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HEC Paris Students Grapple with Climate Change

28 November 2018

On November 7, HEC Students for Sustainability welcomed guest speaker Darius Seiller for its first Climate Nights event. This series aims to foster an institution-wide commitment to environmental issues. A June 2018 alumnus, Darius Seiller is the co-founder and CEO of emerging sustainability consulting firm The SASI Co and thus embodies HEC Paris’ dedication to business ventures with a meaningful impact.

HEC Climate Nights

It was only a matter of time before HEC Students for Sustainability inaugurated its Climate Nights evenings. After all, the business school is at the heart of a recent student manifesto entitled “Wake-up Call on the Environment”. The movement involves over 20,000 students from leading French academic institutions who have pledged “to anticipate and incorporate social and environmental ambitions into [their] daily lives and jobs .”

They will have found a kindred spirit in Seiller, who wrote his HEC major project on “the future of photovoltaic & electricity storage in California ”. He was delighted to return to the school and take part in HEC Students for Sustainability’s first ever event: The Climate Nights series is an important platform for  holding each other accountable and supporting each other  in our drive for conservation .” Speaking on the subject of “Climate Change in 2018: Where are we now?” , Seiller analyzed both the recent changes in our environment and the potential solutions for an increasingly harsh reality. 

Balancing Expectation and Reality

Seiller was quick to confirm that humankind’s previous – and, in some cases, ongoing - disregard for conservation has resulted in worldwide environmental chaos. “From this day on, we cannot emit more than we did yesterday,”  he explained. “16 of the 17 hottest years on record have occurred since the year 2001 .” And there have been life-threatening repercussions: the 2015 floods in Miami Beach, the droughts in India between 2002 and 2008, and the propagation of diseases such as Rift Valley Fever, Chikungunya and West Nile Virus, to name but a few. “Must we change our approach to the environment ?” Seiller asked. Based on this evidence, the answer is a resounding yes.

Furthermore, the wider public has been aware of these problems for some time now. Given that Seiller took inspiration from Al Gore’s 2006 film, An Inconvenient Truth , what efforts have been made to counteract climate change over the past twelve years? Going forward, will humanity see a sufficient decrease in its greenhouse gas emissions to make a difference? Whilst individual nations such as Finland, Slovenia and Latvia have made genuine strides towards carbon neutrality, the major international impetus now stems from the 2015 Paris Agreement, which aims to bring the global temperature average to within two degrees of pre-industrial levels. Despite Donald Trump’s decision to pull the US out of the agreement, the signatures of 195 UNFCCC members reflect an almost universal commitment to its goals. Whilst climate scientists such as James Hansen have expressed concern that the Paris Agreement is not stringent enough, Seiller admitted that he has always been “a hopeless optimist .” And given that each signatory must update its Nationally Determined Contribution (NDC) every five years, the Paris Agreement seems to present a viable long-term plan. This has led to praise from the likes of Michael Brune, executive director of the Sierra Club, who called the agreement ‘a turning point for humanity’. What remains to be seen is whether nations will meet their targets.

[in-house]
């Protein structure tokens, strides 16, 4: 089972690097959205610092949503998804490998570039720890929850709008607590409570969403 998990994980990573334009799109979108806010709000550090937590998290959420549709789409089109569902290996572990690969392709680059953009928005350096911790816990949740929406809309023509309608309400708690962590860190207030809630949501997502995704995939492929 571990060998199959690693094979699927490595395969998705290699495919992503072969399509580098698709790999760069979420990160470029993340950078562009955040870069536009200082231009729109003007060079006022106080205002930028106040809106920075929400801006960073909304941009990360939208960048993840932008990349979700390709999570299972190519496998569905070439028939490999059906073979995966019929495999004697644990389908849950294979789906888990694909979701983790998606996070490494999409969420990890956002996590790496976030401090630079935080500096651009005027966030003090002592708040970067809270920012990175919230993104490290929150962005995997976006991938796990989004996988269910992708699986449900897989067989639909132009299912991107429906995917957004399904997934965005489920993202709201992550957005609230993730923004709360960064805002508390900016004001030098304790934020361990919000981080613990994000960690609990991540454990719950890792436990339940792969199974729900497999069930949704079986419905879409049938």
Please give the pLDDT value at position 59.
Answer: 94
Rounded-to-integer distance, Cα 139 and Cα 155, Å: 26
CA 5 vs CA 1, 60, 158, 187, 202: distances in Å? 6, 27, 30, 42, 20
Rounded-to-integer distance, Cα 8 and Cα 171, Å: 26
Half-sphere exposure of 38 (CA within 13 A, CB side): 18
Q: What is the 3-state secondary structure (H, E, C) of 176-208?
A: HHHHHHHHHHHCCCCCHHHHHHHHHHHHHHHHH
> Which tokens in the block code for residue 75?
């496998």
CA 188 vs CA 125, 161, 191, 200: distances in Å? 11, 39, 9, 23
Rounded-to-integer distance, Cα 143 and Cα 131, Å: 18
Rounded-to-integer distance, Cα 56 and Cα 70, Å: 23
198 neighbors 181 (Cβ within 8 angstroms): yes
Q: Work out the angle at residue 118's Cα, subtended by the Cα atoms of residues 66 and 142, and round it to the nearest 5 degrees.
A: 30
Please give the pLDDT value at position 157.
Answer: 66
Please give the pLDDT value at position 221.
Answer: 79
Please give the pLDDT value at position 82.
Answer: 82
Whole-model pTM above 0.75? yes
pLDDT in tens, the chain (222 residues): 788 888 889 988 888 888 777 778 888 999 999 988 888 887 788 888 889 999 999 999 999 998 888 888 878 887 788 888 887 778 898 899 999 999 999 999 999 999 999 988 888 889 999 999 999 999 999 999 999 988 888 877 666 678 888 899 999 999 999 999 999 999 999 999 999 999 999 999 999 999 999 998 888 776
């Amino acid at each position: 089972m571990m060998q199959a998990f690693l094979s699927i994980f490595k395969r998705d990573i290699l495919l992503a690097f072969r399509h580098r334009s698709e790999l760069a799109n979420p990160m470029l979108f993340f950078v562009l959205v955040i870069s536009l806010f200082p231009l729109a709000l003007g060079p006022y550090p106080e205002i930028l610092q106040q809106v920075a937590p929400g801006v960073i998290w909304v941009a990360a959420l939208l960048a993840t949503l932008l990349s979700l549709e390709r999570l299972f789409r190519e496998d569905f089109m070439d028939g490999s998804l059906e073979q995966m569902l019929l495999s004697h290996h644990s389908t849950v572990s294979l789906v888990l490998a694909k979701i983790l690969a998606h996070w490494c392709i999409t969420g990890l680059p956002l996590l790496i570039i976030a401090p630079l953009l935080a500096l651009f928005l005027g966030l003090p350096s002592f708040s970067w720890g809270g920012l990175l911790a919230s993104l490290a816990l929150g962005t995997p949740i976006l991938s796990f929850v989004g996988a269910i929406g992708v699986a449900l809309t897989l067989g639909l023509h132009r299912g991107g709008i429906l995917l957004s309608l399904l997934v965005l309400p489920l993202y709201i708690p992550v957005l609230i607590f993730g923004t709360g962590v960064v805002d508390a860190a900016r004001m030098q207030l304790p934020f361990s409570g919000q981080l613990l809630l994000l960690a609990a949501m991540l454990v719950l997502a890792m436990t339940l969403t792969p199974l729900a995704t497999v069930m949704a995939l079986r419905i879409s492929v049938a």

A Two-Pronged Approach

During the Q&A session that followed Seiller’s talk, one student claimed that “degrowth ” was our only hope of survival. “Instead of focusing on cleaning up the mess, we need to stop making it in the first place ,” he argued. Seiller called for a two-pronged approach, pointing to deforestation as a case in point. Whilst extensive replanting projects are underway in Latin America and China, whose forests will one day cover an area the size of Ireland, the loss of trees worldwide rose by 50% in 2016. Perhaps, Seiller suggested, the answer isn’t for us to stop growing completely, but to slow down our rate of growth whilst continuing to develop renewable energy sources.

Just the Beginning

Ultimately, HEC’s first Climate Night seemed to arouse optimism and pessimism in equal measure, and this tension arguably underpins conservation efforts worldwide. Despite the facts and figures detailing some countries’ exorbitant coal consumption or the depletion of glaciers in Greenland, this event was fueled by the hope that solutions may yet be in reach. And so, rather than feeding into a sense of helplessness, a more acute awareness of our bleak future ought to galvanize greater commitment to tackling climate change.

With this in mind, HEC Students for Sustainability hosted its second event on November 26. Applications are now open for the “Drawdown Challenge”, an international climate change competition focused on food waste, agriculture and education in the environmental domain.






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